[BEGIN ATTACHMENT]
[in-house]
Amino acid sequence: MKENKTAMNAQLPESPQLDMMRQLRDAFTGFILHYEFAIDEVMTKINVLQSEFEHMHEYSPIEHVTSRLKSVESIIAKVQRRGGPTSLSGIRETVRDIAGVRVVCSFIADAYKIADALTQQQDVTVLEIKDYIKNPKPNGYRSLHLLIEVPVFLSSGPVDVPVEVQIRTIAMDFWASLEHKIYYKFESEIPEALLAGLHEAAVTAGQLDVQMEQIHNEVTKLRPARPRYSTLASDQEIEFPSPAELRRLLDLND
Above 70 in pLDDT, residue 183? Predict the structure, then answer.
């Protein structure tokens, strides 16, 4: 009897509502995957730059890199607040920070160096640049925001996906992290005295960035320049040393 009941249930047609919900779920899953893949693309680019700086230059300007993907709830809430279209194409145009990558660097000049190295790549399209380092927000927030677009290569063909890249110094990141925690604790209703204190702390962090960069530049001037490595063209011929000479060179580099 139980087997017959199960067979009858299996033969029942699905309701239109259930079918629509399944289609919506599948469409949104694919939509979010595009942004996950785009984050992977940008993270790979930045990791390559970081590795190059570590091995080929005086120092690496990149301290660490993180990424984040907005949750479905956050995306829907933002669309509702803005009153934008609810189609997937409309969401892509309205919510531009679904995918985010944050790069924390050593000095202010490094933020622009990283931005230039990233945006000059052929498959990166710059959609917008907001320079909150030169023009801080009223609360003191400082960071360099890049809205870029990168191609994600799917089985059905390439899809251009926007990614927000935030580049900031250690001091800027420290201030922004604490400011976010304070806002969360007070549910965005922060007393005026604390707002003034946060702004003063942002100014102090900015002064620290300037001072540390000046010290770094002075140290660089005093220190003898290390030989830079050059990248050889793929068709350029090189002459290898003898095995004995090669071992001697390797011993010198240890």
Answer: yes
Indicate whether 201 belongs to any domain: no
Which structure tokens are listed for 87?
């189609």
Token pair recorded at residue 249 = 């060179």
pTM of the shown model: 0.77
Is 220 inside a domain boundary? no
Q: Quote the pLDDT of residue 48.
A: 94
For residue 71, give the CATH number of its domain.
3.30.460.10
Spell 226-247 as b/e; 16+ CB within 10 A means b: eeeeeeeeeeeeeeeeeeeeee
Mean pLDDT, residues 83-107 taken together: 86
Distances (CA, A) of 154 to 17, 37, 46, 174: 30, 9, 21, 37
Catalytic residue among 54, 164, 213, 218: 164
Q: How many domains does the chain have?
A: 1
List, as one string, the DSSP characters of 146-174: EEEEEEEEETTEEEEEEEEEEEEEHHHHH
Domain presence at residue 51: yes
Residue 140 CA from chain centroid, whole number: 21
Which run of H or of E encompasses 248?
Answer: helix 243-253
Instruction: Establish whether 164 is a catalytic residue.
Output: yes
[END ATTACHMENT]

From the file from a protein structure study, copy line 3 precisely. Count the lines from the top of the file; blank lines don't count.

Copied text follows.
Above 70 in pLDDT, residue 183? Predict the structure, then answer.